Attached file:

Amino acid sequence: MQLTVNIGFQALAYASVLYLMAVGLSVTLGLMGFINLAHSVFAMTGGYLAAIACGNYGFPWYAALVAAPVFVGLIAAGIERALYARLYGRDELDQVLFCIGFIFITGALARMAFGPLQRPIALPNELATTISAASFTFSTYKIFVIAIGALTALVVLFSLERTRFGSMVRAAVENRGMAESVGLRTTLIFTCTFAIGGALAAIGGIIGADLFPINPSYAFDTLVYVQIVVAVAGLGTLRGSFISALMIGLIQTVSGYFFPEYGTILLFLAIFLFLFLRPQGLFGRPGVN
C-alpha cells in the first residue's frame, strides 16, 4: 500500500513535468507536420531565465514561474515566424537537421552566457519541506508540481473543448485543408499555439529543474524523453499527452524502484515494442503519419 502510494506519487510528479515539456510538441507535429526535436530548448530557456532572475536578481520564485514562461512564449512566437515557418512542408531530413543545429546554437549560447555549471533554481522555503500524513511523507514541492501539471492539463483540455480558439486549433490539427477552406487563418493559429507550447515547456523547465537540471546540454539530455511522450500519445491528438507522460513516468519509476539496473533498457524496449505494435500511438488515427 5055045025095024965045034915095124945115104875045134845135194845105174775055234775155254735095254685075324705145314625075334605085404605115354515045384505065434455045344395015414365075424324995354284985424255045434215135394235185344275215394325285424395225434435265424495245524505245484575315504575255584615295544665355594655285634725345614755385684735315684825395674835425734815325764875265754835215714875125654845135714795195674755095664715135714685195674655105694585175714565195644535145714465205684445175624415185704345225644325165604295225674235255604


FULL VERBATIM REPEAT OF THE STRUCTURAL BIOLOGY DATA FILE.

Amino acid sequence: MQLTVNIGFQALAYASVLYLMAVGLSVTLGLMGFINLAHSVFAMTGGYLAAIACGNYGFPWYAALVAAPVFVGLIAAGIERALYARLYGRDELDQVLFCIGFIFITGALARMAFGPLQRPIALPNELATTISAASFTFSTYKIFVIAIGALTALVVLFSLERTRFGSMVRAAVENRGMAESVGLRTTLIFTCTFAIGGALAAIGGIIGADLFPINPSYAFDTLVYVQIVVAVAGLGTLRGSFISALMIGLIQTVSGYFFPEYGTILLFLAIFLFLFLRPQGLFGRPGVN
C-alpha cells in the first residue's frame, strides 16, 4: 500500500513535468507536420531565465514561474515566424537537421552566457519541506508540481473543448485543408499555439529543474524523453499527452524502484515494442503519419 502510494506519487510528479515539456510538441507535429526535436530548448530557456532572475536578481520564485514562461512564449512566437515557418512542408531530413543545429546554437549560447555549471533554481522555503500524513511523507514541492501539471492539463483540455480558439486549433490539427477552406487563418493559429507550447515547456523547465537540471546540454539530455511522450500519445491528438507522460513516468519509476539496473533498457524496449505494435500511438488515427 5055045025095024965045034915095124945115104875045134845135194845105174775055234775155254735095254685075324705145314625075334605085404605115354515045384505065434455045344395015414365075424324995354284985424255045434215135394235185344275215394325285424395225434435265424495245524505245484575315504575255584615295544665355594655285634725345614755385684735315684825395674835425734815325764875265754835215714875125654845135714795195674755095664715135714685195674655105694585175714565195644535145714465205684445175624415185704345225644325165604295225674235255604